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After 15 seasons, Pandolfo officially calls it a career

Jan 30, 2014, 1:46 PM EDT

pandolfoap AP

One of the better defensive forwards to ever play for New Jersey is hanging up the skates.

Jay Pandolfo formally announced his retirement on Thursday, ending a 15-year NHL career highlighted by a pair of Stanley Cup championships with the Devils in 2000 and 2003. He had previously told of his plans to retire back in December.

“I was very fortunate to live my dream of playing in the NHL. I was lucky to be part of three great organizations and would like to thank the New Jersey Devils, New York Islanders and Boston Bruins,” Pandolfo said, via the NHLPA. “I would like to thank all my teammates, coaches and staff for all the memorable experiences together. I’d especially like to thank my family for all the support they have given me throughout my career.”

A Selke finalist in 2006-07, Pandolfo carved his niche as an effective checking winger that teamed with John Madden on some of New Jersey’s best penalty-killing units. But Pandolfo could also chip in on offense, scoring 12 points in 24 games en route to the ’03 Stanley Cup.

“I thought he was the most underrated as a player as far as what he brought to our team,” Bruins head coach Claude Julien said (Julien coached Pandolfo in New Jersey). “Everybody would talk about Madden killing penalties, but [Pandolfo] was Madden’s partner on the PK. There were a lot of times I saw him being ‘the guy’ on that penalty kill, and making it all work.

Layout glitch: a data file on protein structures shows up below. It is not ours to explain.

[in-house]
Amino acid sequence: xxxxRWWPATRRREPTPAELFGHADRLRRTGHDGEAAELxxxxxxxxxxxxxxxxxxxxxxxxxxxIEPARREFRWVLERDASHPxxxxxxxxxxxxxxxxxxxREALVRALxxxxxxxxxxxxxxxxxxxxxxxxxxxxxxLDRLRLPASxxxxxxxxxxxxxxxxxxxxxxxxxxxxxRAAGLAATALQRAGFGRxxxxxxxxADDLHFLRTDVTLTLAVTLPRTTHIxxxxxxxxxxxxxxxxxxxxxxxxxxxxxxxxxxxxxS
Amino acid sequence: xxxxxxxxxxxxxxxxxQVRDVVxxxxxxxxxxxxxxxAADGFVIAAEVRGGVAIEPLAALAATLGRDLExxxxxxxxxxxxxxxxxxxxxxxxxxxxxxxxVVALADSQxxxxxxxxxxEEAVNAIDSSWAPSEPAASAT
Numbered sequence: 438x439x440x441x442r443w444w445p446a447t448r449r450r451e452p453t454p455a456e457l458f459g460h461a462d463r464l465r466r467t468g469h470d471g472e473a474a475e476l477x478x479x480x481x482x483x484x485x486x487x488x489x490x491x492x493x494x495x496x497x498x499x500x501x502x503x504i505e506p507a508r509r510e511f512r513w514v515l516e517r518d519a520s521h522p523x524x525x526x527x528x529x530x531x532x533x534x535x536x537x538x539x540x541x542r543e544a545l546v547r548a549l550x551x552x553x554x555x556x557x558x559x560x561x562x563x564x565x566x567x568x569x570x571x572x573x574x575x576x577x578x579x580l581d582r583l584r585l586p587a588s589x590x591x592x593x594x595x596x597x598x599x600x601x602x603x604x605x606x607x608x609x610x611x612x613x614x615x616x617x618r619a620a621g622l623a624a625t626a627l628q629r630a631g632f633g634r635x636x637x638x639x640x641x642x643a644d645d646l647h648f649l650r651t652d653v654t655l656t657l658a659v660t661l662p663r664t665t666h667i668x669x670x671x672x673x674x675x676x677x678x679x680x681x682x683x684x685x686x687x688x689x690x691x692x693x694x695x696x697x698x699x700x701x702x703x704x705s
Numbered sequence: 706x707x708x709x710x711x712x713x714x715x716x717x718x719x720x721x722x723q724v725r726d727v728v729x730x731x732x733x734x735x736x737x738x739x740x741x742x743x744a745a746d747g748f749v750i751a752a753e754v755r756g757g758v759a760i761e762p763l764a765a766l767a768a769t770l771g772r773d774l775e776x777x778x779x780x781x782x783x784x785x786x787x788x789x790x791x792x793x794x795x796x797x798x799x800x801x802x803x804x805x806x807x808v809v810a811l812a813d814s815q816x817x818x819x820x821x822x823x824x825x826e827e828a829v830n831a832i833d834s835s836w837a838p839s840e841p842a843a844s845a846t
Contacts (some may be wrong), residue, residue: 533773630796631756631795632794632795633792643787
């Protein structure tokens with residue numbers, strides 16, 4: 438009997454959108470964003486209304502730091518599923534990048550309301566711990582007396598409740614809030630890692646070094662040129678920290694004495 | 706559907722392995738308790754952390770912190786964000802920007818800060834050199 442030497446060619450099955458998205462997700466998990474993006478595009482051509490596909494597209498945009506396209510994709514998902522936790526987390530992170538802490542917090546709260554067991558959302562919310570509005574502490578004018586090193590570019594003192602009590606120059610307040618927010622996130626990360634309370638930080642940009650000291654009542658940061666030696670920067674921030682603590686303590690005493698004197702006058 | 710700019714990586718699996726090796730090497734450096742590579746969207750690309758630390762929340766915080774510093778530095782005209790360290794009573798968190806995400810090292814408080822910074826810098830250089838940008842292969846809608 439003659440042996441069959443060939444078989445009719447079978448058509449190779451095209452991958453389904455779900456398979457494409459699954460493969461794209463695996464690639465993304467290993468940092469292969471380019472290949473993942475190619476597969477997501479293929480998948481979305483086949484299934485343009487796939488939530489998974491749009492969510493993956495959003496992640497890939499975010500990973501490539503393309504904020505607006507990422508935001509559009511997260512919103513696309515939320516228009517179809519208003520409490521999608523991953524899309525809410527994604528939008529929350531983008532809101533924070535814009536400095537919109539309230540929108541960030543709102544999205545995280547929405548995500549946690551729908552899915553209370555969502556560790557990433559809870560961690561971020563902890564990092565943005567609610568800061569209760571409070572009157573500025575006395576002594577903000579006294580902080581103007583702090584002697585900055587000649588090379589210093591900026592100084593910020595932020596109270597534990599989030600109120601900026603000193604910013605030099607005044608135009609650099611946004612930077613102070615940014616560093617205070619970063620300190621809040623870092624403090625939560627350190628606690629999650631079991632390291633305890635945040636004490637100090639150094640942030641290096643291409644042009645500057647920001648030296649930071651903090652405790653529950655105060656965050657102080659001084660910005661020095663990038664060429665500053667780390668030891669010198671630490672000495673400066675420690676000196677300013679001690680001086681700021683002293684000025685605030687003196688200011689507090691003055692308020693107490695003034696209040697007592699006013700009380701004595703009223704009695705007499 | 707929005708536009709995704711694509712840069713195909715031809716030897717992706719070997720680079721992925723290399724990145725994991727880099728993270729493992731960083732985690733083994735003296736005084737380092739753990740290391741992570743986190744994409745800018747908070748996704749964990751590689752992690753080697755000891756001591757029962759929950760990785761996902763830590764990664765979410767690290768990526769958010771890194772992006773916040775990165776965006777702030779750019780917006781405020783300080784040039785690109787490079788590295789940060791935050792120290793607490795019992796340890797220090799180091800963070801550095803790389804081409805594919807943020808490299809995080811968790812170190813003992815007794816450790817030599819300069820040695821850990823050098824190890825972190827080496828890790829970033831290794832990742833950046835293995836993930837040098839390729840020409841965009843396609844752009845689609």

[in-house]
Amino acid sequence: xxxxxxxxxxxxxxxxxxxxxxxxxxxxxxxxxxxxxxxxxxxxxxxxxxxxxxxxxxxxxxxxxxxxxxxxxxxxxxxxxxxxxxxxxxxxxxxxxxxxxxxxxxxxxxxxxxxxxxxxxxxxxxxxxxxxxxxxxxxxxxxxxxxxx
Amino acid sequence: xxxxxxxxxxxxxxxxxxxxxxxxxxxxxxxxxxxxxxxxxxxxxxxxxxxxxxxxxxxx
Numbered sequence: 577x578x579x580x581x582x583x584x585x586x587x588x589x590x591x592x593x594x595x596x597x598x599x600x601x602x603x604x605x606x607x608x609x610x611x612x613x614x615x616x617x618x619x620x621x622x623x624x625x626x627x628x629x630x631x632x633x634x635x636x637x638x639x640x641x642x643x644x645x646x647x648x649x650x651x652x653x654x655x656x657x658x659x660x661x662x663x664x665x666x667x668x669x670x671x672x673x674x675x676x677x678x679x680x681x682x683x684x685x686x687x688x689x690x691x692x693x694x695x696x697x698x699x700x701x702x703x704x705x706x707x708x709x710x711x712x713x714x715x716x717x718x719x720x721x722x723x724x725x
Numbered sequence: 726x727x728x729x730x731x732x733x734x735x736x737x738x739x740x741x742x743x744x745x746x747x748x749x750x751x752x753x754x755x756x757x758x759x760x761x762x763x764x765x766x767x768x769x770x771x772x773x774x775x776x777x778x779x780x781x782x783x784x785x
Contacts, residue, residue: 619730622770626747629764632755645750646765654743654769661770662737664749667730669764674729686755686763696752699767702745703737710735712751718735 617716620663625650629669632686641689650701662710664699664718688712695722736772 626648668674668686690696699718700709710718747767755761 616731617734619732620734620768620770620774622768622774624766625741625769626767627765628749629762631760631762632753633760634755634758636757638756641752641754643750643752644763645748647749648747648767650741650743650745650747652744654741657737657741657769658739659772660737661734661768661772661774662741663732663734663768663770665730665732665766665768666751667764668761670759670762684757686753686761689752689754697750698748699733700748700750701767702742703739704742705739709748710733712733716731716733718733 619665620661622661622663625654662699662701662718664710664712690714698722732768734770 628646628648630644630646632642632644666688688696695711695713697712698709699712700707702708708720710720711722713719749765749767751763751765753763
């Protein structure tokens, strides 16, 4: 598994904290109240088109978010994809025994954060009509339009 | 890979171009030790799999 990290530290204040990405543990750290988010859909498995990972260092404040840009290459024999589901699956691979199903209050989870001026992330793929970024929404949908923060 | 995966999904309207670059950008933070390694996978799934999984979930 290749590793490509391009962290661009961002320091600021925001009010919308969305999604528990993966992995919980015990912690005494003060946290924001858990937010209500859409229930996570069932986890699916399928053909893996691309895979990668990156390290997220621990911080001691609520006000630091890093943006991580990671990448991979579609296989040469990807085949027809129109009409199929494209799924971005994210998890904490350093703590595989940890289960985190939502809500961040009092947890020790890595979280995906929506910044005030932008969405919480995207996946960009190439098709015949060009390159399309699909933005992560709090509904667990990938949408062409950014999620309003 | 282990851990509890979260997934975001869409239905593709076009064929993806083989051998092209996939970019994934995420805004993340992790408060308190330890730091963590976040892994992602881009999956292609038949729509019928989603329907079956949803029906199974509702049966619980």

“If you want to be successful at that then you really need to take pride in your job, and that’s something Jay always did.”

After parting ways with the Devils in 2010, Pandolfo spent one year playing for the Islanders and one more playing for Boston. His final stint with the Bruins held special meaning as Pandolfo was born in Massachusetts and played college hockey for Boston University.

  1. phillyphanatic77 - Jan 30, 2014 at 1:52 PM

    I was gonna say, “I thought that already happened” but I do have a lot of respect for Pandalfo. He was a big part of making my life, as a Flyers fan, hell in the early 2000s.

  2. xdj511 - Jan 30, 2014 at 2:18 PM

    What is with the rash of retirements all of a sudden? Wade Redden, Jamie Langenbrunner, now Pandolfo, not to mention guys like Prospal and Rafalski that had abortive comebacks in the minors. January is such an odd time for veteran hockey players to start retiring in droves.

  3. puckmepuckyou - Jan 30, 2014 at 2:28 PM

    Cap space

  4. blomfeld - Jan 30, 2014 at 10:10 PM

    Sorry, but I’ve seriously never even heard about this guy ?

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